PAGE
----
As I sit here, looking out into the damp grey twilight, a younger Leonard Cohen is lamenting that ’all the rain falls down on last year’s man.’
It’s been raining for five days now and it almost seems as if it will go on forever. The news is full of floods and slips in my area.
Last night I started Kostova’s The Historian.
In it the protagonist’s father tells a story, in which he describes a lecture given by a Professor Rossi:
… This semester he was giving a course on the ancient Mediterranean, and I had caught the end of several lectures, each brilliant and dramatic, each imbued with his gift for great oratory. Now I crept to a seat at the back in time to hear him concluding a discussion of Sir Arthur Evan’s restoration of the Minoan palace in Crete. The hall was dim, a vast Gothic auditorium that held five hundred undergraduates. The hush, too, would have suited a cathedral. Not a soul stirred; all eyes were fixed on the trim figure at the front.
Rossi was alone on a lit stage. Sometimes he wandered back and forth, exploring ideas aloud as if ruminating to himself in the privacy of his study. Sometimes he stopped suddenly, fixing his students with an intense stare, an eloquence gesture, an astonishing declaration. He ignored the podium, scorned microphones, and never used notes, although occasionally he showed slides, rapping the huge screen with a pole to make his point. Sometimes he got so excited that he raised both arms and ran partway across the stage. There was a legend that he’d once fallen off the front in his rapture over the flowering of Greek democracy and had scrambled up again without missing a beat of his lecture. I’d never dared to ask him if this were true.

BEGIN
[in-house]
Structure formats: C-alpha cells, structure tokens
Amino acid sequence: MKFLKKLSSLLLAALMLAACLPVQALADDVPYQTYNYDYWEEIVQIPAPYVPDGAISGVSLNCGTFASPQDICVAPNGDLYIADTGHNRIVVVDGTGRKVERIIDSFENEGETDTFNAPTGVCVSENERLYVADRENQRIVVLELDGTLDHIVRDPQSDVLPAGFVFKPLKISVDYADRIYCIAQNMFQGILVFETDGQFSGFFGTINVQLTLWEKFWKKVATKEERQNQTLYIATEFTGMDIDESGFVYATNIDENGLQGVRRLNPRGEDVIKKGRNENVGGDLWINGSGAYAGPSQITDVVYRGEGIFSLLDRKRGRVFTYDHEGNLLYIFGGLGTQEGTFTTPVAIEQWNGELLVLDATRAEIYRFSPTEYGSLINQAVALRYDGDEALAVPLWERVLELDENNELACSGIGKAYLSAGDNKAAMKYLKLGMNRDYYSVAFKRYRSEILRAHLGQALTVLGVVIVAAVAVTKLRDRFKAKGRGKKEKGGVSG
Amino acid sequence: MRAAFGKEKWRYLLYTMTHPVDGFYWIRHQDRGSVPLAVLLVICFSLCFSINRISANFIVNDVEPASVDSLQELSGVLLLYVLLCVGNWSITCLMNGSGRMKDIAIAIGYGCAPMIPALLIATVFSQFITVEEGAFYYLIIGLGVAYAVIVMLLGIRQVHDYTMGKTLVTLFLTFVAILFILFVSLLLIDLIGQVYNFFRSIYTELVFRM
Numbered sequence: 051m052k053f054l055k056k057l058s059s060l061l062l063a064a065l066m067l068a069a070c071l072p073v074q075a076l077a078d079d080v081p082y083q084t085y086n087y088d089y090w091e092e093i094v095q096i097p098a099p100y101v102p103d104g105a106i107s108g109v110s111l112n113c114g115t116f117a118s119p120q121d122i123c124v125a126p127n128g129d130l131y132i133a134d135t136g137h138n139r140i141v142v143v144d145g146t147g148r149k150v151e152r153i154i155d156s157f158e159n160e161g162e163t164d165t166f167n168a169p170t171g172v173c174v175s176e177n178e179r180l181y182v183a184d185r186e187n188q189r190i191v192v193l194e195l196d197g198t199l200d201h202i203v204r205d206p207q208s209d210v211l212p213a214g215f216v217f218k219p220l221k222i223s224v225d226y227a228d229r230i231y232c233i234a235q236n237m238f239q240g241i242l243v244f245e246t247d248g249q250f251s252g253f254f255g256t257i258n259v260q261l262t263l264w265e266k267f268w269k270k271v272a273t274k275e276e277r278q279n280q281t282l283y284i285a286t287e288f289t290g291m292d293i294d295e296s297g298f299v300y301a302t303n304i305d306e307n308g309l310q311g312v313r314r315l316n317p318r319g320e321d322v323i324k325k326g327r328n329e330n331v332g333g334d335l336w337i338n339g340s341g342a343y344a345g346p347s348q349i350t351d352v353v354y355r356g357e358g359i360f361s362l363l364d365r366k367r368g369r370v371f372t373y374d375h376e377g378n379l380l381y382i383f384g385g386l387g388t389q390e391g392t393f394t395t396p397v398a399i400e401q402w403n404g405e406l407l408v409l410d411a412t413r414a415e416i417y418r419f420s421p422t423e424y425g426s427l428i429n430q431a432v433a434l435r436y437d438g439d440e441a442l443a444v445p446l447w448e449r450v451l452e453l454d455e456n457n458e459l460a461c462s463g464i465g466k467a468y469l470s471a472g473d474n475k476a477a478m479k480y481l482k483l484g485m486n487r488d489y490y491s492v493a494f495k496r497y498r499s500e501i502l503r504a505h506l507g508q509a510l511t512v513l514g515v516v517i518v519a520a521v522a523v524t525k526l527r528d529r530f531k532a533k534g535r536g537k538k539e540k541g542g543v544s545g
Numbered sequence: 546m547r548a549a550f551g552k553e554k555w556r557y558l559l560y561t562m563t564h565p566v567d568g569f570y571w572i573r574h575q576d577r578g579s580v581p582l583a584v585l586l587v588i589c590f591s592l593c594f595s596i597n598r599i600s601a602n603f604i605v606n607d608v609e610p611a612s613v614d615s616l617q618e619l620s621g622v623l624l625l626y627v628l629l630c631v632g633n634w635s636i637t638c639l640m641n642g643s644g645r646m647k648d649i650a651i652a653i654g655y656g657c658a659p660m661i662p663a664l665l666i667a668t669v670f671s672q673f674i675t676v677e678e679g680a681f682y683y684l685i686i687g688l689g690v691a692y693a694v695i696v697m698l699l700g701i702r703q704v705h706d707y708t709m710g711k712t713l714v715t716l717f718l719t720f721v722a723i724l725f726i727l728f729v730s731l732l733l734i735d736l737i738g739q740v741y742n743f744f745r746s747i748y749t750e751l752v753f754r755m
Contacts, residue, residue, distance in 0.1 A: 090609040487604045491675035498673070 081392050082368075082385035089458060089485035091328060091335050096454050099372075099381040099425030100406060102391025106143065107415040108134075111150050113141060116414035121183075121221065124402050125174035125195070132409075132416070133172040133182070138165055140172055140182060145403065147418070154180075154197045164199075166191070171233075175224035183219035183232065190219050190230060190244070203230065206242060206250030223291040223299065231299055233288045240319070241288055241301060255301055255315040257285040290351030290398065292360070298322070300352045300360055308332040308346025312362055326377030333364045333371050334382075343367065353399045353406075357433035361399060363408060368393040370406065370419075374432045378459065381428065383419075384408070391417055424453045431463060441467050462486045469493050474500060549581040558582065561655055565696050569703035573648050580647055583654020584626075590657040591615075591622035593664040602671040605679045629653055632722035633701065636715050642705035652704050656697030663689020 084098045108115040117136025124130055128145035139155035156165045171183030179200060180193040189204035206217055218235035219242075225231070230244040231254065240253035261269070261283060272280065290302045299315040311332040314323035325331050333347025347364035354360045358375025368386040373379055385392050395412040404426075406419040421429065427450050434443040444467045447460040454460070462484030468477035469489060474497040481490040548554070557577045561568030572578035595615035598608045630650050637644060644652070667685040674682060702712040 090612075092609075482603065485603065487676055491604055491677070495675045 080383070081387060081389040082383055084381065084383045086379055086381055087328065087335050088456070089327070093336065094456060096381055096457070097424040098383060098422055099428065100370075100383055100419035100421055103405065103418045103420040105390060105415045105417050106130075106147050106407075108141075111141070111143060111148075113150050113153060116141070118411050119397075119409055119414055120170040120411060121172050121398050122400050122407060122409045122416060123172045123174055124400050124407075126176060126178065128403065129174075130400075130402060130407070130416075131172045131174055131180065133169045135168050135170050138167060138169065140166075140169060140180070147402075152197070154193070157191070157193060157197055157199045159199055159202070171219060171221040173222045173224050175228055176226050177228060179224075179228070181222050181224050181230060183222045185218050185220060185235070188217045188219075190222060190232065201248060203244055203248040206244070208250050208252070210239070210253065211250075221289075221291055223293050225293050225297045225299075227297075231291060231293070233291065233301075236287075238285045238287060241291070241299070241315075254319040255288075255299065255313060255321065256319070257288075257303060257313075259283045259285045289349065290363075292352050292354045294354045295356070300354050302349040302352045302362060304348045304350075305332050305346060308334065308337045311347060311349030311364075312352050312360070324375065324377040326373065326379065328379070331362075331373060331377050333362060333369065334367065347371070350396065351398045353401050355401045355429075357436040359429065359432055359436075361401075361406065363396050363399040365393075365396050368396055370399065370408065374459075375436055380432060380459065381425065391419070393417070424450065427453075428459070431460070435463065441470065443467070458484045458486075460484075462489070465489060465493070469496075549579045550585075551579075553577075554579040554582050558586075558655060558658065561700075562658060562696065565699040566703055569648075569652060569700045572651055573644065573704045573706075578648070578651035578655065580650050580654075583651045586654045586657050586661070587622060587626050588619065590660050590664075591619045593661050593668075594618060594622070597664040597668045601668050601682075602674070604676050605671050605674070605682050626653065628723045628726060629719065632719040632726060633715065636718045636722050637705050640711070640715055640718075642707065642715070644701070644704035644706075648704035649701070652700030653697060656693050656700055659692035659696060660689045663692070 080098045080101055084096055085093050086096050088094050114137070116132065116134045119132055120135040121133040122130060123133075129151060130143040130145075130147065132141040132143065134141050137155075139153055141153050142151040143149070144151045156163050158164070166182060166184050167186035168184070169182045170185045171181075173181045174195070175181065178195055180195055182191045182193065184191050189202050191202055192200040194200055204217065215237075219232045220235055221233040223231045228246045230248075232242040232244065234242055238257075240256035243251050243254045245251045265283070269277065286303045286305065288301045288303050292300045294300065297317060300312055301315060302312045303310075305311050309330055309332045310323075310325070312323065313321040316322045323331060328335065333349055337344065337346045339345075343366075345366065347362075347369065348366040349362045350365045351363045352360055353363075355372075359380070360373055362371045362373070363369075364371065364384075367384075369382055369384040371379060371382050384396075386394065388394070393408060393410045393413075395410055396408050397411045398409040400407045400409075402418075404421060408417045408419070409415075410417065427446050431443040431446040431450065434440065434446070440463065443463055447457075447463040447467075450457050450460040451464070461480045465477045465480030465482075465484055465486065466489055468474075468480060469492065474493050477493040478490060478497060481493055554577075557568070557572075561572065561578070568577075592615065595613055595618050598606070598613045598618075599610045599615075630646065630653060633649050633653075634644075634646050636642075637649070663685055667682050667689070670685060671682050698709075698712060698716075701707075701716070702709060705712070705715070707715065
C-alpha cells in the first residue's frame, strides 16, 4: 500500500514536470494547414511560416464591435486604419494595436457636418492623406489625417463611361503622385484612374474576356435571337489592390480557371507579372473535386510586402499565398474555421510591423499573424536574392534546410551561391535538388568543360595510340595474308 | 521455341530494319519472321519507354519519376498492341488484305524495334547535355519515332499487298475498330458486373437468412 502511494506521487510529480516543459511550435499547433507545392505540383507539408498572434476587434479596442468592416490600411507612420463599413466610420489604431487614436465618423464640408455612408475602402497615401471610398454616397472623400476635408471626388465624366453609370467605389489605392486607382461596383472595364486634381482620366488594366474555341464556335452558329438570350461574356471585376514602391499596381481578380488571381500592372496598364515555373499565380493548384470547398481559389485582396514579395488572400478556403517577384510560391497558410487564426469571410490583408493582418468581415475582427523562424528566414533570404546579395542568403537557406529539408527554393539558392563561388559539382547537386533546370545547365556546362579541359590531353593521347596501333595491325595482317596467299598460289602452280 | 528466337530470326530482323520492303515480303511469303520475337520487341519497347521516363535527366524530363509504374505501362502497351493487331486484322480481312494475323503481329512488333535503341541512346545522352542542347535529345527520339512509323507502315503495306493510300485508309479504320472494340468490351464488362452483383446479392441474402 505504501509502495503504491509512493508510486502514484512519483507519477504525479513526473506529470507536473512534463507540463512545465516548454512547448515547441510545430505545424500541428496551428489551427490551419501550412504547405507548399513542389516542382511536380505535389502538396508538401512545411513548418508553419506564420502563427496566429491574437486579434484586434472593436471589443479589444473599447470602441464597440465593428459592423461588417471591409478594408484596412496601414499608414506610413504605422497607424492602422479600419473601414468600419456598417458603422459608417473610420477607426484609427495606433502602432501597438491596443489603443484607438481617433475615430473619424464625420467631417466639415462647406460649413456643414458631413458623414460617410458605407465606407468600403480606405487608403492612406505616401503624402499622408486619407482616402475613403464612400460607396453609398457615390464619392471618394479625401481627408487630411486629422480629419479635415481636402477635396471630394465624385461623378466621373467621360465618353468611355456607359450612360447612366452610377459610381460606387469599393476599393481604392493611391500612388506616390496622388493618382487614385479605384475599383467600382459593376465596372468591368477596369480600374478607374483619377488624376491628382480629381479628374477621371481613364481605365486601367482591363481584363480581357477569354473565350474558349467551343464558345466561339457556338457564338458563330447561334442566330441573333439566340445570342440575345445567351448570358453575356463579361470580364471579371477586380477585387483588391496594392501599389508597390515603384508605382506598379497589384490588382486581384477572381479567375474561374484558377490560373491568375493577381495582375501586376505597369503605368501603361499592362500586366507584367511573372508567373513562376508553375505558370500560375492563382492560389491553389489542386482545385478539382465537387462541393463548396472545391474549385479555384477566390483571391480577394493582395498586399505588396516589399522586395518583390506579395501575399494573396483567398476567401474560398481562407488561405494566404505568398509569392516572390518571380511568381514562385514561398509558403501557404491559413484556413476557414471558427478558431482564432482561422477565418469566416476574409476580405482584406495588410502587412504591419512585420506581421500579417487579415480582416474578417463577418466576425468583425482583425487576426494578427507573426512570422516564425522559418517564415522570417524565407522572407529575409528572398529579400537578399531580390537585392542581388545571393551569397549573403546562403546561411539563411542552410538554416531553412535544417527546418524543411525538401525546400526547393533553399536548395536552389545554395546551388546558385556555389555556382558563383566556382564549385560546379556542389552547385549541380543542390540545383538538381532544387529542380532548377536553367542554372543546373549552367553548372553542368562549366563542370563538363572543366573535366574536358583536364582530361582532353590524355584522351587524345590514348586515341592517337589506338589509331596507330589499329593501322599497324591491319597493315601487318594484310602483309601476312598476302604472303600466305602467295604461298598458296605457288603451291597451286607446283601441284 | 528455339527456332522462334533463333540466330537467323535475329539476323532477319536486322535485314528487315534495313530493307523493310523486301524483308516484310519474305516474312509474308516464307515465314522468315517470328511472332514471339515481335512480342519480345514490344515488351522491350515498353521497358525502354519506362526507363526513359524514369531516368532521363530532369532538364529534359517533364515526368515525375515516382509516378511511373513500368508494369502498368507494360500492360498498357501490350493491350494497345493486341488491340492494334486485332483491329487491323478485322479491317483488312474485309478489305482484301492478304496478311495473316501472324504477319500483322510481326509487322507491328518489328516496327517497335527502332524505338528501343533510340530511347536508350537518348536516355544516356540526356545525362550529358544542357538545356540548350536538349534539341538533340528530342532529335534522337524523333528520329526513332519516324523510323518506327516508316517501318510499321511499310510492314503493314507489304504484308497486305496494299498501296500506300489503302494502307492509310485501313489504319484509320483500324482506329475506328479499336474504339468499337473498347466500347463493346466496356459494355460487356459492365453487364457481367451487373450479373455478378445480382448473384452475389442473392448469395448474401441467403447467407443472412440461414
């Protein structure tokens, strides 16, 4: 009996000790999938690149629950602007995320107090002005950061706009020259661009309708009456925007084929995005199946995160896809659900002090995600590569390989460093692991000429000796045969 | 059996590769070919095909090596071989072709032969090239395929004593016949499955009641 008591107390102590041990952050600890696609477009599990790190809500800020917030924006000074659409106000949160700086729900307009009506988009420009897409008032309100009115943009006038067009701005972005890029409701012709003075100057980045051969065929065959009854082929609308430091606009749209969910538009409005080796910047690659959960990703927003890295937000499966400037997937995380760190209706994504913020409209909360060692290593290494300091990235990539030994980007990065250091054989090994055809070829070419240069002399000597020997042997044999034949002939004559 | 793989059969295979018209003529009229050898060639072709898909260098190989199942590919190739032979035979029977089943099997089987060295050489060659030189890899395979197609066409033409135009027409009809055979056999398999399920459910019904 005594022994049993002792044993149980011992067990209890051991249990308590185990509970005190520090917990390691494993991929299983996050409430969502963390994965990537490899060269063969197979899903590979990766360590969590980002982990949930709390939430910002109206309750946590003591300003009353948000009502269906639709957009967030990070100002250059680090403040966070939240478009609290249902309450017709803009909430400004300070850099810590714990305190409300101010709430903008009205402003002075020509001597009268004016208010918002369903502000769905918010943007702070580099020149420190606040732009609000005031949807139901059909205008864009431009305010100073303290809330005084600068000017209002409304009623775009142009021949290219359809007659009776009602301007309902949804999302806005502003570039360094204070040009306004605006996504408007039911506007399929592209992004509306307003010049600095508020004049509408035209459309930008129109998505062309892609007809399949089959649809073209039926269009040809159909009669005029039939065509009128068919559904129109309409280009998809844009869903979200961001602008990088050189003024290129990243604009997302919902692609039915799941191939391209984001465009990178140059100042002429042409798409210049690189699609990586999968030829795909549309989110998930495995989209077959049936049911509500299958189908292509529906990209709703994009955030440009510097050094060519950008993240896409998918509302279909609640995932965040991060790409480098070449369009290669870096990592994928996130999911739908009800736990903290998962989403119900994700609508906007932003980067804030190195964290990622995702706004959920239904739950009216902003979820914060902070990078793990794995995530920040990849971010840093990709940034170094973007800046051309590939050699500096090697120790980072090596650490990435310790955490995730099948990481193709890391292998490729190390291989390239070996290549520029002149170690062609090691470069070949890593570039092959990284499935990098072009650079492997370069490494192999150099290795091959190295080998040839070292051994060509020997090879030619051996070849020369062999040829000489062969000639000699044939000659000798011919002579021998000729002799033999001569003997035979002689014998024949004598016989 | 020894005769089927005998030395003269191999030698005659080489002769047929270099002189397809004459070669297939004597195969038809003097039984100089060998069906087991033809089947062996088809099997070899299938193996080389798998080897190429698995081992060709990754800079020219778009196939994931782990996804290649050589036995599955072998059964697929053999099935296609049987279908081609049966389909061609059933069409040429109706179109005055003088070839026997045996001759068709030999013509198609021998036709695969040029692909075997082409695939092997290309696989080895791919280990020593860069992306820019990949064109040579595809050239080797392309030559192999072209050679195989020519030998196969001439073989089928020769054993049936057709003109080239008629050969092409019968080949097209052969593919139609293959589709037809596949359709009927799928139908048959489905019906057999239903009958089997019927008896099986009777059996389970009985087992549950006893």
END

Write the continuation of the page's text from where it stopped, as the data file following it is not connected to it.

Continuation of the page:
The character is a historian, not a scientist, and from another age – it’s not stated (yet), as far as I recall, but somewhere in the 1930s perhaps – and this is fiction.
Several movies and books seem to use this motif, the lost obsessive soul with powerful oratory presence.
It makes me wonder what is the image of a professor to those who have never been near universities, who’ve never met a professor.
Is this depiction friend or foe? Or just accepted as fiction?
Other articles in Code for life: